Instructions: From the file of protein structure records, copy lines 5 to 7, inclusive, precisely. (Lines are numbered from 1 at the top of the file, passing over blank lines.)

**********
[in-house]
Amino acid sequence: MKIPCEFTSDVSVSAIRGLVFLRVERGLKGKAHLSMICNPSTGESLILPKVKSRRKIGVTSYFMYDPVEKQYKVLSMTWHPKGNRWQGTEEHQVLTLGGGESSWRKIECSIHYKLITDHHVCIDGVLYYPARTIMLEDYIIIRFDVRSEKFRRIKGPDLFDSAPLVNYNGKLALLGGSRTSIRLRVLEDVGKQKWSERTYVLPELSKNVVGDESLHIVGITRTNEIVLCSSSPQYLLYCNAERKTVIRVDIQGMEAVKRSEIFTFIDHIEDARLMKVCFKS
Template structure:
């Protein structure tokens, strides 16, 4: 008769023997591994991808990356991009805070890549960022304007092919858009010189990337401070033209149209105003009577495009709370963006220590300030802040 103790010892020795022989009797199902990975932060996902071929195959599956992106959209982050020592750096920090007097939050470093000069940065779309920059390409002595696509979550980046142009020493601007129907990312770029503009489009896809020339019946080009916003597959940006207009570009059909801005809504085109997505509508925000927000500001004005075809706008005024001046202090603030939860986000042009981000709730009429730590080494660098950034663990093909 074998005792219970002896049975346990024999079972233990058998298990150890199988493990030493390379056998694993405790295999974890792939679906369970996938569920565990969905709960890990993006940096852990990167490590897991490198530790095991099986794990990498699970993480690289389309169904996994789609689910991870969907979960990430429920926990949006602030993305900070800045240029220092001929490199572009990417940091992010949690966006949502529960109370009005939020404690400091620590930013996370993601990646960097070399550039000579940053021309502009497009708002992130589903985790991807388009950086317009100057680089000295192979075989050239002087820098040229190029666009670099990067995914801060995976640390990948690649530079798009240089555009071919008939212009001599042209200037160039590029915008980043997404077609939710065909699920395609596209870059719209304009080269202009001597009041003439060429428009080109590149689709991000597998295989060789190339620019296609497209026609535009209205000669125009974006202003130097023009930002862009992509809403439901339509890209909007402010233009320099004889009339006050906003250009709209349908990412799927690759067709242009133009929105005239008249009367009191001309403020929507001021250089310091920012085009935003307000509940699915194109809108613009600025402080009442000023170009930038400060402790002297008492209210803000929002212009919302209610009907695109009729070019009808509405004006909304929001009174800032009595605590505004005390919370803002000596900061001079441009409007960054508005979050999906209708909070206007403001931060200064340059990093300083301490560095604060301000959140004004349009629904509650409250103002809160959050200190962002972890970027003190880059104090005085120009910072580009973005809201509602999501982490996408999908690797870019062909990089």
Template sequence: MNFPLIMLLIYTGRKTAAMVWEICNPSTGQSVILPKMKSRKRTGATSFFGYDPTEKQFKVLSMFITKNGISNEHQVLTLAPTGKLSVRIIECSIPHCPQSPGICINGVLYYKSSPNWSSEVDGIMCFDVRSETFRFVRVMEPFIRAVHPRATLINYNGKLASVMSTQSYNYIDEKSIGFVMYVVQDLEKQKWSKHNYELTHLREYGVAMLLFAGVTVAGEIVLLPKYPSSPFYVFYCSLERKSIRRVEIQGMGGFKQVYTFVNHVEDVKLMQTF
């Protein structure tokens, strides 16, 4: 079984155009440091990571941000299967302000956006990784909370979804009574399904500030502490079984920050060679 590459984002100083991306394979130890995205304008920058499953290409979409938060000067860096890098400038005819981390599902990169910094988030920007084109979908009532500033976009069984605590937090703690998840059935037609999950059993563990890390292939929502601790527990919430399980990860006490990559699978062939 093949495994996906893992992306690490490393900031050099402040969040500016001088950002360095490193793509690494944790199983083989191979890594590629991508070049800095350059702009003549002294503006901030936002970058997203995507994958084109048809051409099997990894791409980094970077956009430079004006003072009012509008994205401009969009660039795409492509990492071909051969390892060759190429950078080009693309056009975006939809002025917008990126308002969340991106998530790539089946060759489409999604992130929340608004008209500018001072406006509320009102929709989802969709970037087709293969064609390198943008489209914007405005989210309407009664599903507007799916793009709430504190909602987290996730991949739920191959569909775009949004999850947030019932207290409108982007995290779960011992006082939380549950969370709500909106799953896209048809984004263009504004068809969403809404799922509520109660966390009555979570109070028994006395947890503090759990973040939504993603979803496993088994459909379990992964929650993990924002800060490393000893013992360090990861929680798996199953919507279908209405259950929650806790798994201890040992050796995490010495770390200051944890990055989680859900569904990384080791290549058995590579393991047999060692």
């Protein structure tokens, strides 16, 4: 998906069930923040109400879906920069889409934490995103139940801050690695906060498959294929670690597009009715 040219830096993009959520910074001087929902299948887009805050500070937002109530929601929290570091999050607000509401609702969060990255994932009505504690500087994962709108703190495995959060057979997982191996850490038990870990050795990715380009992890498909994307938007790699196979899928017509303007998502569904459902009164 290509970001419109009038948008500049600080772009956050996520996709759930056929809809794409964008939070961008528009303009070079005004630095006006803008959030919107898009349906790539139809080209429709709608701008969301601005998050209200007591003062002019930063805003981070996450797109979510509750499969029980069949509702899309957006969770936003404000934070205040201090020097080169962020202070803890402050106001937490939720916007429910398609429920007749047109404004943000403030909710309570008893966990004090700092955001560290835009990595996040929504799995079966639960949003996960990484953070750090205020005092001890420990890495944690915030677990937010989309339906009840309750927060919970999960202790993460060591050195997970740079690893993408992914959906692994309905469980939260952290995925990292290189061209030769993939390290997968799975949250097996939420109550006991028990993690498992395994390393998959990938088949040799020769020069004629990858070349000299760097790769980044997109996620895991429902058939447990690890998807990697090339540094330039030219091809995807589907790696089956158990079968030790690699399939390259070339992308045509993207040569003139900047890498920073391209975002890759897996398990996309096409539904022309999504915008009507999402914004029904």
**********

Template sequence: MNFPLIMLLIYTGRKTAAMVWEICNPSTGQSVILPKMKSRKRTGATSFFGYDPTEKQFKVLSMFITKNGISNEHQVLTLAPTGKLSVRIIECSIPHCPQSPGICINGVLYYKSSPNWSSEVDGIMCFDVRSETFRFVRVMEPFIRAVHPRATLINYNGKLASVMSTQSYNYIDEKSIGFVMYVVQDLEKQKWSKHNYELTHLREYGVAMLLFAGVTVAGEIVLLPKYPSSPFYVFYCSLERKSIRRVEIQGMGGFKQVYTFVNHVEDVKLMQTF
């Protein structure tokens, strides 16, 4: 079984155009440091990571941000299967302000956006990784909370979804009574399904500030502490079984920050060679 590459984002100083991306394979130890995205304008920058499953290409979409938060000067860096890098400038005819981390599902990169910094988030920007084109979908009532500033976009069984605590937090703690998840059935037609999950059993563990890390292939929502601790527990919430399980990860006490990559699978062939 093949495994996906893992992306690490490393900031050099402040969040500016001088950002360095490193793509690494944790199983083989191979890594590629991508070049800095350059702009003549002294503006901030936002970058997203995507994958084109048809051409099997990894791409980094970077956009430079004006003072009012509008994205401009969009660039795409492509990492071909051969390892060759190429950078080009693309056009975006939809002025917008990126308002969340991106998530790539089946060759489409999604992130929340608004008209500018001072406006509320009102929709989802969709970037087709293969064609390198943008489209914007405005989210309407009664599903507007799916793009709430504190909602987290996730991949739920191959569909775009949004999850947030019932207290409108982007995290779960011992006082939380549950969370709500909106799953896209048809984004263009504004068809969403809404799922509520109660966390009555979570109070028994006395947890503090759990973040939504993603979803496993088994459909379990992964929650993990924002800060490393000893013992360090990861929680798996199953919507279908209405259950929650806790798994201890040992050796995490010495770390200051944890990055989680859900569904990384080791290549058995590579393991047999060692």
């Protein structure tokens, strides 16, 4: 998906069930923040109400879906920069889409934490995103139940801050690695906060498959294929670690597009009715 040219830096993009959520910074001087929902299948887009805050500070937002109530929601929290570091999050607000509401609702969060990255994932009505504690500087994962709108703190495995959060057979997982191996850490038990870990050795990715380009992890498909994307938007790699196979899928017509303007998502569904459902009164 290509970001419109009038948008500049600080772009956050996520996709759930056929809809794409964008939070961008528009303009070079005004630095006006803008959030919107898009349906790539139809080209429709709608701008969301601005998050209200007591003062002019930063805003981070996450797109979510509750499969029980069949509702899309957006969770936003404000934070205040201090020097080169962020202070803890402050106001937490939720916007429910398609429920007749047109404004943000403030909710309570008893966990004090700092955001560290835009990595996040929504799995079966639960949003996960990484953070750090205020005092001890420990890495944690915030677990937010989309339906009840309750927060919970999960202790993460060591050195997970740079690893993408992914959906692994309905469980939260952290995925990292290189061209030769993939390290997968799975949250097996939420109550006991028990993690498992395994390393998959990938088949040799020769020069004629990858070349000299760097790769980044997109996620895991429902058939447990690890998807990697090339540094330039030219091809995807589907790696089956158990079968030790690699399939390259070339992308045509993207040569003139900047890498920073391209975002890759897996398990996309096409539904022309999504915008009507999402914004029904």